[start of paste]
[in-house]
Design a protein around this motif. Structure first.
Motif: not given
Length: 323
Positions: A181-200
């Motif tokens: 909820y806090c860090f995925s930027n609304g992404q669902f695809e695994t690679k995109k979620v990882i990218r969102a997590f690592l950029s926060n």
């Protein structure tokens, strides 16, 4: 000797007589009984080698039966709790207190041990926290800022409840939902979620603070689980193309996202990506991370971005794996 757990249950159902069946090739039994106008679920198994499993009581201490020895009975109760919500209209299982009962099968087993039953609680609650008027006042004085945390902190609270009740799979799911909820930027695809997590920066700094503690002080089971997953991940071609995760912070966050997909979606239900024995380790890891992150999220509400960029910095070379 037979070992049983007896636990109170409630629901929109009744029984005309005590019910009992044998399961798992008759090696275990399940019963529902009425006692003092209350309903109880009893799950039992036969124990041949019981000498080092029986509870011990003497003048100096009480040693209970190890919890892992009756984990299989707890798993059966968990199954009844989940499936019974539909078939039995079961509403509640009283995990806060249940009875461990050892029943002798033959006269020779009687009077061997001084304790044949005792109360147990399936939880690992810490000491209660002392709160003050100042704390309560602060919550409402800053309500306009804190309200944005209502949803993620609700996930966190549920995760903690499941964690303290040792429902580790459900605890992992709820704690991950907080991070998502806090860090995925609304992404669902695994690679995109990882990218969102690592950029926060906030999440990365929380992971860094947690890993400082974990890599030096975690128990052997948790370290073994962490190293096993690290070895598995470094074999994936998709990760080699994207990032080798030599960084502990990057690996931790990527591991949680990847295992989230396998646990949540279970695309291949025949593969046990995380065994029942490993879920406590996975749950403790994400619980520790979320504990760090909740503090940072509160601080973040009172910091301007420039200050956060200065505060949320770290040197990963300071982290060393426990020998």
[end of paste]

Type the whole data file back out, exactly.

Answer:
[in-house]
Design a protein around this motif. Structure first.
Motif: not given
Length: 323
Positions: A181-200
């Motif tokens: 909820y806090c860090f995925s930027n609304g992404q669902f695809e695994t690679k995109k979620v990882i990218r969102a997590f690592l950029s926060n």
């Protein structure tokens, strides 16, 4: 000797007589009984080698039966709790207190041990926290800022409840939902979620603070689980193309996202990506991370971005794996 757990249950159902069946090739039994106008679920198994499993009581201490020895009975109760919500209209299982009962099968087993039953609680609650008027006042004085945390902190609270009740799979799911909820930027695809997590920066700094503690002080089971997953991940071609995760912070966050997909979606239900024995380790890891992150999220509400960029910095070379 037979070992049983007896636990109170409630629901929109009744029984005309005590019910009992044998399961798992008759090696275990399940019963529902009425006692003092209350309903109880009893799950039992036969124990041949019981000498080092029986509870011990003497003048100096009480040693209970190890919890892992009756984990299989707890798993059966968990199954009844989940499936019974539909078939039995079961509403509640009283995990806060249940009875461990050892029943002798033959006269020779009687009077061997001084304790044949005792109360147990399936939880690992810490000491209660002392709160003050100042704390309560602060919550409402800053309500306009804190309200944005209502949803993620609700996930966190549920995760903690499941964690303290040792429902580790459900605890992992709820704690991950907080991070998502806090860090995925609304992404669902695994690679995109990882990218969102690592950029926060906030999440990365929380992971860094947690890993400082974990890599030096975690128990052997948790370290073994962490190293096993690290070895598995470094074999994936998709990760080699994207990032080798030599960084502990990057690996931790990527591991949680990847295992989230396998646990949540279970695309291949025949593969046990995380065994029942490993879920406590996975749950403790994400619980520790979320504990760090909740503090940072509160601080973040009172910091301007420039200050956060200065505060949320770290040197990963300071982290060393426990020998």